Yes, Condi, You're a Student of History:
Three weeks ago, as the Israel-Lebanon war was heating up and Secretary of State Condoleezza Rice was making the first of her halfhearted diplomatic trips to the region, she said the following to reporters on the plane ride:
I'm a student of history, so perhaps I have a little more patience with enormous change in the international system. It's a big shifting of tectonic plates, and I don't expect it to happen in a few days or even in a year.
I missed this remark when it was first reported. (I saw it reprised in the middle of an excellent article about the pitfalls of President Bush's democracy-spreading policy in this Tuesday's Wall Street Journal.) Still, the statement is worth a close look now, because it reflects with glaring clarity something horrifying about this administration's leaders: the wide-elbowed indifference with which they stomp around the globe, their shrugged inattention to the consequences of their actions.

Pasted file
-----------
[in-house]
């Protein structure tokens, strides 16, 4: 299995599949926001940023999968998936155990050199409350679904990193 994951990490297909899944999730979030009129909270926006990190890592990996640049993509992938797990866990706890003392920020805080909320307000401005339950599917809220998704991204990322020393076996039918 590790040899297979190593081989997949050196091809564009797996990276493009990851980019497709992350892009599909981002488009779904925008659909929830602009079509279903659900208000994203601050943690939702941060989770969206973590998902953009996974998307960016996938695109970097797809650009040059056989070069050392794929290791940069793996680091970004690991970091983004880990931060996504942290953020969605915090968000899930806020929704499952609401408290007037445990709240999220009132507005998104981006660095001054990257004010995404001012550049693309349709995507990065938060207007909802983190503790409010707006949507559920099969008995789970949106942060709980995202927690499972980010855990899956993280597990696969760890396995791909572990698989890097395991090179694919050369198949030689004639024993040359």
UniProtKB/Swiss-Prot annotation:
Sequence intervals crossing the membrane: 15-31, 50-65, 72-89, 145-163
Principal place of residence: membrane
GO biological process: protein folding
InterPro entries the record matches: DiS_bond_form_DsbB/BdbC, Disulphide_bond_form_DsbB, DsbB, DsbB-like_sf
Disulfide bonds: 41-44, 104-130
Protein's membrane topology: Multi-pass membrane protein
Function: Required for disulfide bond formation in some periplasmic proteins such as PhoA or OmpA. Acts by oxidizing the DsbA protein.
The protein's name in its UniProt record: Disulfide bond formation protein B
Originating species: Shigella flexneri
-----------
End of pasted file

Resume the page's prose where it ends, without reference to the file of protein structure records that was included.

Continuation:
Rice was explaining why the Bush administration wasn't moving more quickly to stop the fighting that had already begun to kill hundreds of people and to destabilize the region. She had recently commented that the mayhem marked "the birth pangs of a new Middle East," and now she was noting that birth pangs—or, in her new metaphor, tectonic shifts—take a while to play out.
Someone might have asked how long it does take to go through "a big shifting of tectonic plates." If not "in a few days or even in a year," then what—in a year and a half, five years, a decade, a century? And does the United States—the one power that could impose a cease-fire if its president so desired—really have to wait until the earthquake dies down before stepping into the fray?